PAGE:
During a one-on-one date with Hannah, Jed told her that when he signed up for the show, “my first thought was: This is a huge platform.” That is, he wanted to catapult his music career. “I value your honesty with me,” Hannah told him. “It’s exactly what I’ve been asking for.” Jed eventually won Hannah’s engagement. It didn’t last, but notwithstanding the season’s outcome, at the time, his admission felt like a meta-commentary on the current state of The Bachelor’s influencer creation churn. That is, Jed purportedly wanted the platform so he could be famous for something other than the platform itself. Hannah was right about Jed’s confession. On its face, and in the context of the intensifying push for pseudo-fame that surrounded him, it felt, well, honest.
In fairness, outside the strict talent competitions, reality TV has never really created celebrities for any reason other than they existed within its borders, but the superficiality of that fame has intensified. LTYH, as Jed did, attempts to change that course, if only slightly, in an effort to give itself some depth. And, as was the case with Jed, it might just pull it off for just long enough. But the obvious similarities between Jed’s appearance on Hannah’s season and this new concept hide a key difference: other than Trevor’s looks, most of the people who’ve entered the mansion in LTYH’s first weeks don’t feel like other Bachelor contestants.
They seem to generally lack the savvy of their Bachelor predecessors. They have Instagram accounts, but their followers are in the thousands or tens of thousands, not millions. They appear slightly less knowing, less purposefully calculating. Sometimes, they don’t seem to know what they’ve got into. And they do normal things. In early episodes, they were wowed by the size of the mansion. They jumped in the pool on the first night. The women let their hair get wet in the hot tub. One dude proudly drives a Subaru. They all have bad clothes. The guys aren’t exclusively lantern-jawed he-men. The women aren’t all bikini-ready babes. They skew older.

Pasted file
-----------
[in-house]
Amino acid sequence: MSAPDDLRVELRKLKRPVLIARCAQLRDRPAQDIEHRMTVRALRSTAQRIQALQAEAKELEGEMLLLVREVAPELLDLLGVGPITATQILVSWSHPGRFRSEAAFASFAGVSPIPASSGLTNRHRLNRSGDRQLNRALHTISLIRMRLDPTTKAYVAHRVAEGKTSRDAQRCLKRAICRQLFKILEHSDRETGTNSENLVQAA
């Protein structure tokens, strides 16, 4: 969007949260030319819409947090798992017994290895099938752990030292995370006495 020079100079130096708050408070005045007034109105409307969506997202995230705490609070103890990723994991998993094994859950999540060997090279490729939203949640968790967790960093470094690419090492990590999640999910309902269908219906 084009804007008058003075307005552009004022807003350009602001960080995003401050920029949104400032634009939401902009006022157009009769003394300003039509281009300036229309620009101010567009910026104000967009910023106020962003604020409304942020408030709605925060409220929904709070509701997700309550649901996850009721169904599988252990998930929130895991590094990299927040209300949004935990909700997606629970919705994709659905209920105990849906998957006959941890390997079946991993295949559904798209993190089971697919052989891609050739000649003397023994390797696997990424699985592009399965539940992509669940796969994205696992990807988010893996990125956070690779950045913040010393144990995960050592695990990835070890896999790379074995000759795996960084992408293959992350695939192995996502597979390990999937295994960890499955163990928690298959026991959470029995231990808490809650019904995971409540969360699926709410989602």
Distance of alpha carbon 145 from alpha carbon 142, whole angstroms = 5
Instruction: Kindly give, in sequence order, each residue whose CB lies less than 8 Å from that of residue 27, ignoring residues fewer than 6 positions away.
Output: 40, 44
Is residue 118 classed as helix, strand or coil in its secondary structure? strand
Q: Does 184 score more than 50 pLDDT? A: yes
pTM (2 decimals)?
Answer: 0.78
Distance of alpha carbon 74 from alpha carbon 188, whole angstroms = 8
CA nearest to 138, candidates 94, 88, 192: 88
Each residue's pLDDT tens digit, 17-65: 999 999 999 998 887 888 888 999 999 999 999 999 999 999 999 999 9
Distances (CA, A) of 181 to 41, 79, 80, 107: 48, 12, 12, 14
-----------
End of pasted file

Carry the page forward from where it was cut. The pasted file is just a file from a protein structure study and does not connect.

In contrast to Bachelor contestants of recent seasons, their normality borders on naiveté. They feel weirdly innocent. And the whole show is lighter as a result, a break from its franchise predecessors and their relentless image-diven hyper-capitalism that sucks you in until just watching them is like a kind of side-gig you have to maintain to stay culturally liquid. LTYH feels fresh. It’s like watching a reality TV show from 2005, not one from 2020.
But maybe it’s only fitting that the last reality TV show made somehow feels like the first.
Maybe this is really the crux of it. Maybe this is why this unimaginatively derivative spinoff of a flagship reality program nearing its 20-year mark won me over. Nostalgia.
I miss the years when reality TV felt like a tremendous, harmless collective lark — back when we didn’t know what we were getting into. A time before reality TV became the contextual framework in which we all live, one that has over the years informed not only its direct touchpoints in the culture industry, but also political and civic discourse, policy and governance, consumerism and economics, and personal expectations of relationships, status and, yes, even love. Before influencers and the TV-to-instagam, screen-to-screen, doom loops. When we still all had a backstage.
I miss a time when two-dozen or so 20-somethings could live in a house together for weeks and all kiss the same person in the same night and then fly around the world together. A time when we could still make reality TV shows. Before we ever thought about cancellations and lockdowns and quarantines.
A time that feels very much in the past now.